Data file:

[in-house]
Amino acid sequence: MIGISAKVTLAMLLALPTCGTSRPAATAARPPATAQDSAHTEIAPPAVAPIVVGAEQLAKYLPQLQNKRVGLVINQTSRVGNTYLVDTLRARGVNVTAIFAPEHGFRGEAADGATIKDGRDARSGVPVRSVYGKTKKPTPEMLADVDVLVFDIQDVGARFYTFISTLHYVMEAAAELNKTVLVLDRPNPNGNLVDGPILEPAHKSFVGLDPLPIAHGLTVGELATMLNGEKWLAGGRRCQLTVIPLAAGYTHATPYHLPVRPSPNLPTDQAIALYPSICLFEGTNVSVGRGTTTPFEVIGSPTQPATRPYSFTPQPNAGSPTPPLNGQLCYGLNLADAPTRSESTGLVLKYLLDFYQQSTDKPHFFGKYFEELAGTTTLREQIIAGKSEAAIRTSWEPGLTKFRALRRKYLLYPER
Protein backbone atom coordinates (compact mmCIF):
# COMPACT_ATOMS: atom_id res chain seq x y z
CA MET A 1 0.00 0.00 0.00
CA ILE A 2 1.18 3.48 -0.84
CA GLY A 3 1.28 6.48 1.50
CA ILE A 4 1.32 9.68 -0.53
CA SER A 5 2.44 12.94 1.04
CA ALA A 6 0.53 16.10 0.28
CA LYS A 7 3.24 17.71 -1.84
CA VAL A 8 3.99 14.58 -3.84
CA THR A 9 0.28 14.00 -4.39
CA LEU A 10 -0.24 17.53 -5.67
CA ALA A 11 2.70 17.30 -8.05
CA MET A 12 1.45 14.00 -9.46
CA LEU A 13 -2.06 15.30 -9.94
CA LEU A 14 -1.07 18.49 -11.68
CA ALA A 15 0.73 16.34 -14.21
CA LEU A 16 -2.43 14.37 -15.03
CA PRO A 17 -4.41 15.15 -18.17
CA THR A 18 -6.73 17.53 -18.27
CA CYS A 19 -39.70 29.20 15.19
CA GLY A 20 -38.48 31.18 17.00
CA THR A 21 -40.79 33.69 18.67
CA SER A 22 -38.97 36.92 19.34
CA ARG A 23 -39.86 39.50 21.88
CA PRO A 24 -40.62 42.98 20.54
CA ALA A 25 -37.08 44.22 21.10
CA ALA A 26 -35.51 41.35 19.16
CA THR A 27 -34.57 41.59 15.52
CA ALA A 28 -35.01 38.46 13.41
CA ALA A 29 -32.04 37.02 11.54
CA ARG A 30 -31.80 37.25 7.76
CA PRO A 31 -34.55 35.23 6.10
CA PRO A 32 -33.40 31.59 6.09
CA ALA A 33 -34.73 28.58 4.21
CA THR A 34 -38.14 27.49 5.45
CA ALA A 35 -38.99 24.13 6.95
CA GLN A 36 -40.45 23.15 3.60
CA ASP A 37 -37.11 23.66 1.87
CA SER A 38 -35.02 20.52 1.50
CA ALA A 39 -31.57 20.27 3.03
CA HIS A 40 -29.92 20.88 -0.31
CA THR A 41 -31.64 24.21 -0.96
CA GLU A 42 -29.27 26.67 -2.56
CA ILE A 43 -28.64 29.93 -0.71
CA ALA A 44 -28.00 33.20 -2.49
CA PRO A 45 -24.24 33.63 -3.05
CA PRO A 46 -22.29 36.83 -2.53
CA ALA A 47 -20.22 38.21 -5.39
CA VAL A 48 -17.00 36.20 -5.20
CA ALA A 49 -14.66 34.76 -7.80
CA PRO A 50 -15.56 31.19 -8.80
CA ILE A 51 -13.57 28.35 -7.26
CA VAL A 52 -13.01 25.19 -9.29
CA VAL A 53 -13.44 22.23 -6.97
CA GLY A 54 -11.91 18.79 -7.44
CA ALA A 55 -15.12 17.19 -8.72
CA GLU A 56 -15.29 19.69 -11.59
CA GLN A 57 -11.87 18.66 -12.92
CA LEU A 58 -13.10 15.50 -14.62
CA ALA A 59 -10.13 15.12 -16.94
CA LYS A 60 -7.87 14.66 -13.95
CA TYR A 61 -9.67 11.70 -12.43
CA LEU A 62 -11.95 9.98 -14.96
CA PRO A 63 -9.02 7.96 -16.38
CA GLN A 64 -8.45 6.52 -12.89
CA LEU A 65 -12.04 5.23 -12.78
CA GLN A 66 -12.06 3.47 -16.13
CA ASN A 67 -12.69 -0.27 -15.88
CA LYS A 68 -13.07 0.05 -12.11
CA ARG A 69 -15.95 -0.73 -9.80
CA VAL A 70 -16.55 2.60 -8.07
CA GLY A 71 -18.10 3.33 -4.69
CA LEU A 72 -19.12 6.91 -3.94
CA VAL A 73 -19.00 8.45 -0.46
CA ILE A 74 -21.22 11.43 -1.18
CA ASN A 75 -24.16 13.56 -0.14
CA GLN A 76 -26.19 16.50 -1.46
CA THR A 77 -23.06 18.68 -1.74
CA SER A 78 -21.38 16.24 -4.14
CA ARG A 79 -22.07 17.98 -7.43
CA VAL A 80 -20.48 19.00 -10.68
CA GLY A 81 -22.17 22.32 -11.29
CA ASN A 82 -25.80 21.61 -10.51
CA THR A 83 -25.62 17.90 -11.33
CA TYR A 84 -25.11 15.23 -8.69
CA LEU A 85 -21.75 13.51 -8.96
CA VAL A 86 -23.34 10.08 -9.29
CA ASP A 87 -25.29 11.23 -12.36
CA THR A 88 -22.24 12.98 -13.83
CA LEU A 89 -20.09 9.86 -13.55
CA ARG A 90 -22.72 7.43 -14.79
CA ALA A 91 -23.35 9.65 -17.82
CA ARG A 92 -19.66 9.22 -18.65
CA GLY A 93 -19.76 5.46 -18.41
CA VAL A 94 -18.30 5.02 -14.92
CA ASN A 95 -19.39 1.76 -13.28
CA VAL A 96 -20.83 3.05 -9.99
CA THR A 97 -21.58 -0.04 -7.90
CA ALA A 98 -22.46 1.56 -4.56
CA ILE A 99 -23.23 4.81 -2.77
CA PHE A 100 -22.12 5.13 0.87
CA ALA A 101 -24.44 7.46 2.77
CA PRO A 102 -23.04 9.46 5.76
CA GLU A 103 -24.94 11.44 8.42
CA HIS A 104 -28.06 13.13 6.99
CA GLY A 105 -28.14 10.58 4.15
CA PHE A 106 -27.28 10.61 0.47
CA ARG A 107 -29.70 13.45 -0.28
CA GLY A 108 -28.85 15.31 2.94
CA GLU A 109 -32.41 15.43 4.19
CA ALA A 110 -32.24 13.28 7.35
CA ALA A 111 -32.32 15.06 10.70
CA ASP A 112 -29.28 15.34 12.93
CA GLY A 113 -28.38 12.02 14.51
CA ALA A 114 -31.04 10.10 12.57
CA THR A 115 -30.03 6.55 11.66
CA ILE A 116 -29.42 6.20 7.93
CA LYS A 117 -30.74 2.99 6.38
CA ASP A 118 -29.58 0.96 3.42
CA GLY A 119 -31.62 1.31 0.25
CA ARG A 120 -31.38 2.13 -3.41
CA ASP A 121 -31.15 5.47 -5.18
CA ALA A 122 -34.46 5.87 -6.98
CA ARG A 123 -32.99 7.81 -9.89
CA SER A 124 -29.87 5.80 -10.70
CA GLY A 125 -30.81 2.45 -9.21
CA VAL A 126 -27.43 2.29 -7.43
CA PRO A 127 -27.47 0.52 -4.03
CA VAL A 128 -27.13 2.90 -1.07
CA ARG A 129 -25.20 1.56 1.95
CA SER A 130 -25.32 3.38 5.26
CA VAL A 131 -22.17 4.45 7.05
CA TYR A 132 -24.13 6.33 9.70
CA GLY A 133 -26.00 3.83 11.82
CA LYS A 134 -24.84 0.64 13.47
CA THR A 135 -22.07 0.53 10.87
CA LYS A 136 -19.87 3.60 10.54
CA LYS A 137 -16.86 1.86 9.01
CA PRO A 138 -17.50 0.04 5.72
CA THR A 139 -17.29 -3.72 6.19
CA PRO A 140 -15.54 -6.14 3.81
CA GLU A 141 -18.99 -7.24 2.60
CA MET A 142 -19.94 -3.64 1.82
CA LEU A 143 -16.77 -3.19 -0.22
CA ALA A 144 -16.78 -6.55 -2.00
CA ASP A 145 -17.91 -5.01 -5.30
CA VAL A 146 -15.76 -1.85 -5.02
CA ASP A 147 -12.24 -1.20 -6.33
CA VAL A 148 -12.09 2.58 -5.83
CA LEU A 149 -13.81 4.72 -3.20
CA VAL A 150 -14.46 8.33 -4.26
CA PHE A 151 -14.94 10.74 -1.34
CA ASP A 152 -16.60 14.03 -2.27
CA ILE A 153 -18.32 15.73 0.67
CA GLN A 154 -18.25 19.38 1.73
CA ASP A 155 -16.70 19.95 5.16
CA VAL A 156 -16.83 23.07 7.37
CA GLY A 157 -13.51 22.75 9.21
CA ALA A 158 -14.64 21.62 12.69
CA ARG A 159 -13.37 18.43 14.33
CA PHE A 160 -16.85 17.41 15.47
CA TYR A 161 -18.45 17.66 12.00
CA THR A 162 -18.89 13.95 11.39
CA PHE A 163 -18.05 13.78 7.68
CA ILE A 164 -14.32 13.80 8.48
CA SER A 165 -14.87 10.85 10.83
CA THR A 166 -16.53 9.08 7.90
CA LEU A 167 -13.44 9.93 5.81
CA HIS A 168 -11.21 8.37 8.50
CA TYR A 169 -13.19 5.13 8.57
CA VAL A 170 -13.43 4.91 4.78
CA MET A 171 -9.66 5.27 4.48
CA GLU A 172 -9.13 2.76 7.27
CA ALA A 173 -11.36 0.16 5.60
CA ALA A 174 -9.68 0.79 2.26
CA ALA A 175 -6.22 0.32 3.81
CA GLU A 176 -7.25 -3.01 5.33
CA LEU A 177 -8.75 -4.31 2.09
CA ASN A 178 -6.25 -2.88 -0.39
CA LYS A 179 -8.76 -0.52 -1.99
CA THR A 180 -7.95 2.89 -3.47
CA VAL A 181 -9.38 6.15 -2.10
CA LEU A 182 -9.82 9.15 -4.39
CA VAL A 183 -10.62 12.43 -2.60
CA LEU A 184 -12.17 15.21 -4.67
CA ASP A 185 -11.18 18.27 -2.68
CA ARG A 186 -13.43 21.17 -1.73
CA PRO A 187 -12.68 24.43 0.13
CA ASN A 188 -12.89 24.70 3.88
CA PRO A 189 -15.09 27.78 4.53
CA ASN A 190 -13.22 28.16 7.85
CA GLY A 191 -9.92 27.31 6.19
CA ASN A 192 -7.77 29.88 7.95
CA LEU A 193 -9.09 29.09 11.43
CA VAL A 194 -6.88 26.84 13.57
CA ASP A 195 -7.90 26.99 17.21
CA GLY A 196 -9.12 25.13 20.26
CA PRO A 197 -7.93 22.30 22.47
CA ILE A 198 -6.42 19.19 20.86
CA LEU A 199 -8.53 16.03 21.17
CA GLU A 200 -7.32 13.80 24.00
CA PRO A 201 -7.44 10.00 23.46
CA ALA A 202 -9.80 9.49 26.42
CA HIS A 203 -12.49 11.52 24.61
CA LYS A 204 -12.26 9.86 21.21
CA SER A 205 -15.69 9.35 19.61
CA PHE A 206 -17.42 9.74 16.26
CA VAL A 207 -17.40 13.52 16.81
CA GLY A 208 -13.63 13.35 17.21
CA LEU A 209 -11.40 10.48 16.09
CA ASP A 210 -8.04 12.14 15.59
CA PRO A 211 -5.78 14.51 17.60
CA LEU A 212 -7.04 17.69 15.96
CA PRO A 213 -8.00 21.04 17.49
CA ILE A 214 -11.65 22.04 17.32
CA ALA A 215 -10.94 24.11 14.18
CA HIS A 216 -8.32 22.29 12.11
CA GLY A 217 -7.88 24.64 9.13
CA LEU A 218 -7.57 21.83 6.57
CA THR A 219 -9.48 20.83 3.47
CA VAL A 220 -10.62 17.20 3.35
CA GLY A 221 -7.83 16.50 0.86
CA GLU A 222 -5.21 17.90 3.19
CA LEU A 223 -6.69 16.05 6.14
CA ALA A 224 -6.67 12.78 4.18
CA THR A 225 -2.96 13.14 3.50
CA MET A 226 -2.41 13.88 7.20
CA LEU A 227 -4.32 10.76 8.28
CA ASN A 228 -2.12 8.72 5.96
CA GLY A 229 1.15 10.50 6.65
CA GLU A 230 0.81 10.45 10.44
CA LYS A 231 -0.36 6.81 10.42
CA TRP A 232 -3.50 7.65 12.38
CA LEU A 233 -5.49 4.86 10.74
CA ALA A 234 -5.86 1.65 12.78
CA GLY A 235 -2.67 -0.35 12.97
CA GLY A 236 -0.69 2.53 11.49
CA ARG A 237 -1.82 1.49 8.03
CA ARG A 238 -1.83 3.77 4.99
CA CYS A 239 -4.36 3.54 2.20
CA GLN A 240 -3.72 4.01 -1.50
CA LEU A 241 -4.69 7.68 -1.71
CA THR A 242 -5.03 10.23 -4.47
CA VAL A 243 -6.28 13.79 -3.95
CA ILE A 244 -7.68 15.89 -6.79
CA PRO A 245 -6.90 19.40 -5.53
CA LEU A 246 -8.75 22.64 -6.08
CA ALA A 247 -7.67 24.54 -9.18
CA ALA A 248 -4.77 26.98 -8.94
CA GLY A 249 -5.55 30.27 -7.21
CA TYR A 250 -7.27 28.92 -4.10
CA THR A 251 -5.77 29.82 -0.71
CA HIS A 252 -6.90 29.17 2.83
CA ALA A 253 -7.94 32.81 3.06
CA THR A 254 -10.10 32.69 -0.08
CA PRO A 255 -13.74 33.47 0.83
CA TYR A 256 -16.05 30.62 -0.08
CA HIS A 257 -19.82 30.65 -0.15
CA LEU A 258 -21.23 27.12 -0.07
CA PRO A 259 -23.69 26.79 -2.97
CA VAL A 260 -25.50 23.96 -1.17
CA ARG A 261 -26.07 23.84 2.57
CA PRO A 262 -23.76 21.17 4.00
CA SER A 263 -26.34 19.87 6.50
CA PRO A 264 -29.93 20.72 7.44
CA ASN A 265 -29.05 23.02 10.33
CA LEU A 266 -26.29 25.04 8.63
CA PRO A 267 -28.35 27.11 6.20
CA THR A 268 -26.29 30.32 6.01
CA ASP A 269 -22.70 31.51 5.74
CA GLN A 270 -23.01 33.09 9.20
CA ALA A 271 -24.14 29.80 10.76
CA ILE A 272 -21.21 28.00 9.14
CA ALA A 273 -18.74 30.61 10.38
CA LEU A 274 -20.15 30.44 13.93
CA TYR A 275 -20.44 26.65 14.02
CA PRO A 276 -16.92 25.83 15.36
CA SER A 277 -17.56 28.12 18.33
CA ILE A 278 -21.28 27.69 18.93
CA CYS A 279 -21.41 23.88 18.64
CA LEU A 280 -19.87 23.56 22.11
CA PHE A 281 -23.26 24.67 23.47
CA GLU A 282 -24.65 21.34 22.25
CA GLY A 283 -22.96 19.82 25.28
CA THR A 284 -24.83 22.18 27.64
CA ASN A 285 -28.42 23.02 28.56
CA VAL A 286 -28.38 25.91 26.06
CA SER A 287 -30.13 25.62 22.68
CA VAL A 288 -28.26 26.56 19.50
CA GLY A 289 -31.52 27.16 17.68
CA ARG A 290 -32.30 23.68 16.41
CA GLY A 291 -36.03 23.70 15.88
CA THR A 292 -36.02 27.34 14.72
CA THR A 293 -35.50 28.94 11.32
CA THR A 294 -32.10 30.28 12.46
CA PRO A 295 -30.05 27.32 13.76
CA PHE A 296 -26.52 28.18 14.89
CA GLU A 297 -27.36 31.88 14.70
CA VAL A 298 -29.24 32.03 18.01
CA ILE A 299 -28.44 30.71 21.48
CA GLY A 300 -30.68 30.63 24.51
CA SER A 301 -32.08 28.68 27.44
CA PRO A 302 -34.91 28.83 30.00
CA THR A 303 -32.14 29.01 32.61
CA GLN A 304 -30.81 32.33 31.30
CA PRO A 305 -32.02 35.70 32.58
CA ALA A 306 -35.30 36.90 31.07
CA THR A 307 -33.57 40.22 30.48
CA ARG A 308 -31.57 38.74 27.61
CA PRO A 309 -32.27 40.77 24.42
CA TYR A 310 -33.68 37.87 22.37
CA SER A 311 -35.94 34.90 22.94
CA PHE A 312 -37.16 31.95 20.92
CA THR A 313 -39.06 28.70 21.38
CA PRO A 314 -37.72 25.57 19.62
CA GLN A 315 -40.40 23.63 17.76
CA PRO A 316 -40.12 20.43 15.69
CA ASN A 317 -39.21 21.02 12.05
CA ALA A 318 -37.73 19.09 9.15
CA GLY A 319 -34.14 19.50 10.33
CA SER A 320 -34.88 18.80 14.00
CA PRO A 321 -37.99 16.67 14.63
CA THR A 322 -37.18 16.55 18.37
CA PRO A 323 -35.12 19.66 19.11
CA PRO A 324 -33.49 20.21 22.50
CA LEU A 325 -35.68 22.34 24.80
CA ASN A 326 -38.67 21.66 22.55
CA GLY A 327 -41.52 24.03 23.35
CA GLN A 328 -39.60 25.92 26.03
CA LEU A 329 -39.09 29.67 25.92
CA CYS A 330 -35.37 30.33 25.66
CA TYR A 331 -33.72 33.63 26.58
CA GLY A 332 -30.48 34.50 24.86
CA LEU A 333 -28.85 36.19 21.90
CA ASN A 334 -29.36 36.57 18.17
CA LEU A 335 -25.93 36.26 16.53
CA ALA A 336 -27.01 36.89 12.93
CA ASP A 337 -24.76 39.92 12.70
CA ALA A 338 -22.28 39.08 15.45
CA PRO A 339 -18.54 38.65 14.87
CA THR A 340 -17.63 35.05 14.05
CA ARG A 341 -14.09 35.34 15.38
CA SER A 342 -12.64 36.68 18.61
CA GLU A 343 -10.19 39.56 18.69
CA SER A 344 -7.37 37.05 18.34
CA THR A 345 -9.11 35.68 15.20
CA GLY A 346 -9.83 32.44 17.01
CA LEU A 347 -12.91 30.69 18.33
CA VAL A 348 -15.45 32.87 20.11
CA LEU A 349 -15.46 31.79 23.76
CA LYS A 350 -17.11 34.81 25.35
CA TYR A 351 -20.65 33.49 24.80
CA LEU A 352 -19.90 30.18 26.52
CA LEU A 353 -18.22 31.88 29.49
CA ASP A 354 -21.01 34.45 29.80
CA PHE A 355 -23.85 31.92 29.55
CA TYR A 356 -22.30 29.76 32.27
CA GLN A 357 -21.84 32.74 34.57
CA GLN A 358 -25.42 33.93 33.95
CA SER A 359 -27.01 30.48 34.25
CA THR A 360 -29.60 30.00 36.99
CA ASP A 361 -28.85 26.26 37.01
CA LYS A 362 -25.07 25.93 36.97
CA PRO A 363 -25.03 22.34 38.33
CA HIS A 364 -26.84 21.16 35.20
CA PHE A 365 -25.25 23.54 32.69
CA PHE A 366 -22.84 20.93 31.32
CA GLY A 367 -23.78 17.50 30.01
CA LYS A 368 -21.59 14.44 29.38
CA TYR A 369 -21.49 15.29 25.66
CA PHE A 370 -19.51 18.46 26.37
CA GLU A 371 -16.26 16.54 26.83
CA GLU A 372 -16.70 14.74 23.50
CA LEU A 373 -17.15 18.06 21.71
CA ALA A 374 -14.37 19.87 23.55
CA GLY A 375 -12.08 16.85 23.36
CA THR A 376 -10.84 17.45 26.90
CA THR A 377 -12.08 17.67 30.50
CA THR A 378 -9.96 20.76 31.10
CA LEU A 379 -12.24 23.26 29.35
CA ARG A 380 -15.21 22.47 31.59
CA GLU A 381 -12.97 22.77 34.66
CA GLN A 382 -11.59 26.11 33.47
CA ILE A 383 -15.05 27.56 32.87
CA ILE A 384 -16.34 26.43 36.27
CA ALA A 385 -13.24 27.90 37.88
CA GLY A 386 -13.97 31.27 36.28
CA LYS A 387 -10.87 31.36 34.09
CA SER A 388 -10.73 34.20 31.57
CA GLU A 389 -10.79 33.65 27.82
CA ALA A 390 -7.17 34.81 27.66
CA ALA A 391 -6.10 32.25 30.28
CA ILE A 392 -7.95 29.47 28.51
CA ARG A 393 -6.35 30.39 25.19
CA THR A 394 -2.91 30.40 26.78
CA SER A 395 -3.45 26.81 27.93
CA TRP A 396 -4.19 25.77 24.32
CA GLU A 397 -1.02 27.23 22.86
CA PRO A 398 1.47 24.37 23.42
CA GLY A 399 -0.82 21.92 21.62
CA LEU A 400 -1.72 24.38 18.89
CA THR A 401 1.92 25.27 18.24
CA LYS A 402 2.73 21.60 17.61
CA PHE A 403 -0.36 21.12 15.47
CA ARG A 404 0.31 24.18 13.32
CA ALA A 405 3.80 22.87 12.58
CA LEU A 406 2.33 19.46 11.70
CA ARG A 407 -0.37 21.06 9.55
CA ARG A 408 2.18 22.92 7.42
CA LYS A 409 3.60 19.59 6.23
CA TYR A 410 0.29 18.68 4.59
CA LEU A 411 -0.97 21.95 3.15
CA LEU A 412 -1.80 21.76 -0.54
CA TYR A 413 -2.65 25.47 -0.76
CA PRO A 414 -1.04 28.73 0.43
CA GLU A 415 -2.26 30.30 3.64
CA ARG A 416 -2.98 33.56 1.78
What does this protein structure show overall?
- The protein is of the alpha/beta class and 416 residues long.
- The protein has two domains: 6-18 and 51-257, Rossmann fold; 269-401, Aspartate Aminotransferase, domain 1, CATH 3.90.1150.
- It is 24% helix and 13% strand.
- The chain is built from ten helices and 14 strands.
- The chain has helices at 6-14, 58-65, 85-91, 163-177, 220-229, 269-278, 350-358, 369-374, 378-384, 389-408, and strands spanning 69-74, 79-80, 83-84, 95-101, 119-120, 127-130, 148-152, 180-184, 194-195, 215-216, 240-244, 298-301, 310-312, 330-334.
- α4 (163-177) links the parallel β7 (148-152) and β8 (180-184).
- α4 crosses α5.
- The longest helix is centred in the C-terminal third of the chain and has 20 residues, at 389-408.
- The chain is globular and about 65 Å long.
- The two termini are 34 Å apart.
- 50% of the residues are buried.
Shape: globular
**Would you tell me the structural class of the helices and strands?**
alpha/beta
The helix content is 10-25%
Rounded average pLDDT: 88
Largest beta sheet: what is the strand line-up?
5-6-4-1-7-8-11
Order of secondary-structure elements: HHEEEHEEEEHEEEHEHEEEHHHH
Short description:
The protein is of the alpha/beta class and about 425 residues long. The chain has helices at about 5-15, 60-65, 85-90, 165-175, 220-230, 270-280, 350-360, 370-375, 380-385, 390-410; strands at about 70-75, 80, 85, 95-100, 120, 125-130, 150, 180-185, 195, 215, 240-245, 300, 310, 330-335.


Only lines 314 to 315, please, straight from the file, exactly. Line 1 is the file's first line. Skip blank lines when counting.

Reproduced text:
CA TYR A 310 -33.68 37.87 22.37
CA SER A 311 -35.94 34.90 22.94